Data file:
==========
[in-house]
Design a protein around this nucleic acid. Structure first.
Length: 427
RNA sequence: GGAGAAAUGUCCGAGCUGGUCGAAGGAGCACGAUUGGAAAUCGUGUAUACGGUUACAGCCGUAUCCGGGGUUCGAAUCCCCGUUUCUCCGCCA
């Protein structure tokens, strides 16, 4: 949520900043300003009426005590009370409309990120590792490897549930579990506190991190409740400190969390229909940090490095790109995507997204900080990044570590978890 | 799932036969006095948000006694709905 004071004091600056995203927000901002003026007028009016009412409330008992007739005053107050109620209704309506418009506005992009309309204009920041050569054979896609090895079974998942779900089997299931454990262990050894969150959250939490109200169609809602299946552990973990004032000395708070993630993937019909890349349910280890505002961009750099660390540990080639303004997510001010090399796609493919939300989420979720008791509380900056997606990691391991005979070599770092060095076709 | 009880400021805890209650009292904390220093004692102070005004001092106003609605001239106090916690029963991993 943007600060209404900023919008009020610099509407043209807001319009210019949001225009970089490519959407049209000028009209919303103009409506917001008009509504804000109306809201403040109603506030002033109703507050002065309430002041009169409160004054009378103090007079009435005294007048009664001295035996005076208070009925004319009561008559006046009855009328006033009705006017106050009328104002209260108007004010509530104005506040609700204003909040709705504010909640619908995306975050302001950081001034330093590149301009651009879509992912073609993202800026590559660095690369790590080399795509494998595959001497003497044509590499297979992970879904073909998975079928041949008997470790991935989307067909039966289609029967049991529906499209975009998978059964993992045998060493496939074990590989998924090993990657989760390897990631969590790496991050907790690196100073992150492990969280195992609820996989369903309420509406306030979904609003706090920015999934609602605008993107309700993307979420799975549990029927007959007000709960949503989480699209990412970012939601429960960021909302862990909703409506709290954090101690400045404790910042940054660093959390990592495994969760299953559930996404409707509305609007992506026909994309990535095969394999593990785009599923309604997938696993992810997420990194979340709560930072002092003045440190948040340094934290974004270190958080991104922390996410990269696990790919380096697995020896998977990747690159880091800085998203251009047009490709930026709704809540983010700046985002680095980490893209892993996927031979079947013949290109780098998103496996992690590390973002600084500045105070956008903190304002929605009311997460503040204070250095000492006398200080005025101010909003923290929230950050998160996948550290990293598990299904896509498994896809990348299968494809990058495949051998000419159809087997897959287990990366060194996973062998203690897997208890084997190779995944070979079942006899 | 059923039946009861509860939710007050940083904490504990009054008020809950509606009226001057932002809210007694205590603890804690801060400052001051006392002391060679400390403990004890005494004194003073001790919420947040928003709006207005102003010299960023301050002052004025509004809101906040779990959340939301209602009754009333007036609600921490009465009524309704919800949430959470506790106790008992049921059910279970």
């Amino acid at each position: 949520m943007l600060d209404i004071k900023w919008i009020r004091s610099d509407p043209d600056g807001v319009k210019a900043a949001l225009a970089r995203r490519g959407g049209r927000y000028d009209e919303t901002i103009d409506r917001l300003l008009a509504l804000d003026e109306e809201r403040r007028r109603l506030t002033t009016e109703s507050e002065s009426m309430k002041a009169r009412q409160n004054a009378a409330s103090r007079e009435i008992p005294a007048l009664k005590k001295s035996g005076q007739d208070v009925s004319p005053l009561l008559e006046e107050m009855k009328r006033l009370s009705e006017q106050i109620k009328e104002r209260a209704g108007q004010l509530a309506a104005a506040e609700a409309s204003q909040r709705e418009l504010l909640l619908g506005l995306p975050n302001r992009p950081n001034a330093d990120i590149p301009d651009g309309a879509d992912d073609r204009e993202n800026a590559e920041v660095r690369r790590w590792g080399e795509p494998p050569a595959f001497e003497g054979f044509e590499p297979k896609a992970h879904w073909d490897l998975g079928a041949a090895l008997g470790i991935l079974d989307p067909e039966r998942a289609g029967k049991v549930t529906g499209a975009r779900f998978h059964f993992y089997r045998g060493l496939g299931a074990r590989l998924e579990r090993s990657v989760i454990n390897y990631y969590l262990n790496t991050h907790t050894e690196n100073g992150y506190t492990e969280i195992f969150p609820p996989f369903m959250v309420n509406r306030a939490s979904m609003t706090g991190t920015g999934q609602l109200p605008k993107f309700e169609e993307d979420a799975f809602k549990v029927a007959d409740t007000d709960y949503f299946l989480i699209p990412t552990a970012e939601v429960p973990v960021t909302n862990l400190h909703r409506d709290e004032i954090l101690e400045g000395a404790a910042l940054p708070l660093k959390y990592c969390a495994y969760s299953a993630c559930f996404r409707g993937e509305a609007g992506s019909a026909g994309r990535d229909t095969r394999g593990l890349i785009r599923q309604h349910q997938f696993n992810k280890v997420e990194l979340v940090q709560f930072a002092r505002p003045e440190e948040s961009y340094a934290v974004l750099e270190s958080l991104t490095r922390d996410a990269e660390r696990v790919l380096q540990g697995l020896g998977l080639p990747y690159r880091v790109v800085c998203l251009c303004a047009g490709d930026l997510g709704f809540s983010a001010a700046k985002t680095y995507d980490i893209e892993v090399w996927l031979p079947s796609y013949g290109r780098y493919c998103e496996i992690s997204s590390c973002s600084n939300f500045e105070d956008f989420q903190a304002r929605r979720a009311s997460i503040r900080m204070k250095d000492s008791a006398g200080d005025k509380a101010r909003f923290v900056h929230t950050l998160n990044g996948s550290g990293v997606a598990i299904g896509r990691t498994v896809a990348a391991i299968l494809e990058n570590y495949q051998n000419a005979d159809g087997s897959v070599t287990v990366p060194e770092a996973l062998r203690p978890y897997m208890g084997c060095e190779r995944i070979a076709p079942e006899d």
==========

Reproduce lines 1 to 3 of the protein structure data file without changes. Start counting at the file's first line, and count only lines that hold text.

[in-house]
Design a protein around this nucleic acid. Structure first.
Length: 427